Como quase todos os anos os prémios de Barcelona produzem-me uma boa dose de aversão. Optam obras que me parecem, por dizer finamente, muito escassas, enquanto outras mais que meritórias ficam fora. Primeiro caso o trabalho de Emma Ríos. Após I.D. e Pretty Deadly II não sei que caralho mais faz falta para ser candidata! No caso de obras espanholas li poucas mas do visto parece-me que Lamia está muito por riba das demais, o qual, infelizmente e conhecendo a minha proximidade ao gosto maioritário, sugire que não vai ganhar. Enfim. Espero que de novo premiem Emma na convenção de Madri e, aliás, que nos EUA a candidatem ao Eisner. O seu trabalho gráfico em Pretty Deadly merece isso sobradamente. Dos títulos que sim entraram nos prémios de Barna eligiria os de King/Walta e de Tomine (a “Paciência” de Clowes produziu-me sensações encontradas e não ajudou ter um notável erro de impressão a versão em rústica de Fulgencio Pimentel, que foi a que comprei). Apesar da reprodução de arte de ECC ser lamentável, também não entendo faltar na seleção um Chiisakobee, p. ex. Total: eu faria os antiprémios de Barcelona e essas maravilhas -adoro La reina Orquidea e Mame Shiba- levariam pelo menos um abraço. Todos gostamos de Paper Girls, mas votar algo que ainda não contou nada e está colhendo corpo parece-me de ignorância ou preguiça. Sei, sei: as opiniões são como os cus, cada um tem a sua (e para isso estão os votos), mais eis a minha; geralmente os prémios de Barna fedem.

Finally got round to reading this comic-book that’d been home for some weeks now and my final thought is, is there anything Matt Smith can not draw right? Also surprising- very European-esque page layout. And a seemingly researched background for the plot, on behalf of the writer. Can’t say I was passionate about the story or the characters but simply put, what a heck of a job well done. Nice to see a basic premise (which I’d also come up with may years ago ;) and a historical context so finely developed on all levels.

Down-to-Earth superheroes are a rare thing these days, and what’s more, seem much more difficult to grasp in the making with all the genre’s decades -and subsequent saturation- behind (don’t mention films, I mainly avoid those).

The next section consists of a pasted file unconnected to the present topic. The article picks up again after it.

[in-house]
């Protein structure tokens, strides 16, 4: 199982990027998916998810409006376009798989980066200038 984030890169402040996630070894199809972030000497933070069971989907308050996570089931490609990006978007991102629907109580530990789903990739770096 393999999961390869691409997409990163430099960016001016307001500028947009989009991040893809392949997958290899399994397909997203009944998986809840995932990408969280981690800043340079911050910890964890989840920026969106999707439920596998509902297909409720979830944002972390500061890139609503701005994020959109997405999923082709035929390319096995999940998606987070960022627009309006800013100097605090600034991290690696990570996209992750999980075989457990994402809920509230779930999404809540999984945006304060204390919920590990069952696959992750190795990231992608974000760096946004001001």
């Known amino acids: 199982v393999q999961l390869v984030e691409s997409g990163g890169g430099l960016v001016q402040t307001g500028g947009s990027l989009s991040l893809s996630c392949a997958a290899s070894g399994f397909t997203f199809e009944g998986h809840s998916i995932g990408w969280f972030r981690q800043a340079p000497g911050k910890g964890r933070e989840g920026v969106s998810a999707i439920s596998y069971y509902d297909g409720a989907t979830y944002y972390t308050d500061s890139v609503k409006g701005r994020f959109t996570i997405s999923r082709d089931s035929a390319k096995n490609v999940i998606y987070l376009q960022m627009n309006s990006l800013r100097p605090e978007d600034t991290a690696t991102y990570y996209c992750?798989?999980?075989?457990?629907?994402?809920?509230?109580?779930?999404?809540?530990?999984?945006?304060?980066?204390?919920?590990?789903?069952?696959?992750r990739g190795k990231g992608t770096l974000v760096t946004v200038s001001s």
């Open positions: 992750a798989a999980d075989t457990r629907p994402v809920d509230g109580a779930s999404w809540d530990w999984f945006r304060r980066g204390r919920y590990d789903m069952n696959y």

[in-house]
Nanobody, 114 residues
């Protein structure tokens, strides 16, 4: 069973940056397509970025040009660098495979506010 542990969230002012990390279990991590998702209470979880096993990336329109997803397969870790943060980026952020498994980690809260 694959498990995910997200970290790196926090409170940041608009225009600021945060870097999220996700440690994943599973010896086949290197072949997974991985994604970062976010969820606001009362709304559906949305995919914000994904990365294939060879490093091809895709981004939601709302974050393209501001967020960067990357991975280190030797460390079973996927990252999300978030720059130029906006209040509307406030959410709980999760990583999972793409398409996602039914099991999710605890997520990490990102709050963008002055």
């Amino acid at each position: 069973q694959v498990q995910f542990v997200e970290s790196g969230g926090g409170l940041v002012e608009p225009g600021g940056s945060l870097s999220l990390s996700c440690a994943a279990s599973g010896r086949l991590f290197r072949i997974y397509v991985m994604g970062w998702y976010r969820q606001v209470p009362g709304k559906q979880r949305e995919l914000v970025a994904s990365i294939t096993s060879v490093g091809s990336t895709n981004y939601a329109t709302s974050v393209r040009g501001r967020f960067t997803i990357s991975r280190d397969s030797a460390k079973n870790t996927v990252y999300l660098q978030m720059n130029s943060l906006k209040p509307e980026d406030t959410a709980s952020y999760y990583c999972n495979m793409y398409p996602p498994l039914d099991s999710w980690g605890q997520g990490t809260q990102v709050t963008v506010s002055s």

Nevertheless, somehow Jason Loo gets it right. A readable story, characters you can relate to and that adorable formula of real life meets flying pyjamas and
Kyrbiesque monsters. So here’s the cover to my first encounter with Toronto’s alledgedly lamest hero, which I enjoyed and would recommend to anyone interested. The art and the humour reminded me of The superior foes of Spider-man, one of the freshest titles to come out of Marvel in recent years.

Sure, “The pitiful Human-Lizard” could use a book design revamp, plus, glossy paper is not your friend, but overall expectations have been fulfilled and I’ll most probably buy the trade paperback edition when and if it is released.

So fond as I am of Seth, Michel Rabagliati, Chester Brown, etc, I’m always happy whenever Canada keeps delivering good news in the world of comics.

I hadn’t visited Berlin in a while. Quite some time, actually. It’s still there, the atmosphere. The night life, the songs being sung, the papers being read, the streets, the rising factions… the characters we care about. The waning hope and that uneasy, growing sense of impending doom. And a fine art picturing it all, from the rich houses to the back alleys.

What a great, great title.

My gut feeling as I finish reading this book is the stories in it are so good and so well drawn that you may place any other comic/album/graphic novel in the world beside it, it’s more than likely to pale in comparison. Beto and Jaime Hernández are master storytellers, that’s beyond doubt by now, but there’s more to it than that. Most comic creators tend to lose their punch to some degree as years go by: I’m sad to say I’ve read comics by international first line, very popular and talented creators, both European and American, in recent years, that, to say the least, were not among their finest, plus, had in common one of the single features I find particularly most annoying: repetition. Well on the opposite side I’ve been reading this river-novel for twenty years now and I’m nowhere tired, the Hernández’s true wit is nowhere exhausted. Stuff like Love & Rockets, the current volume, issue #3 is what makes me marvel just by holding pages with printed art, and reading the words and looking at the pictures. The stunning, shocking magic of a fictional world that feels as real as yours and mine.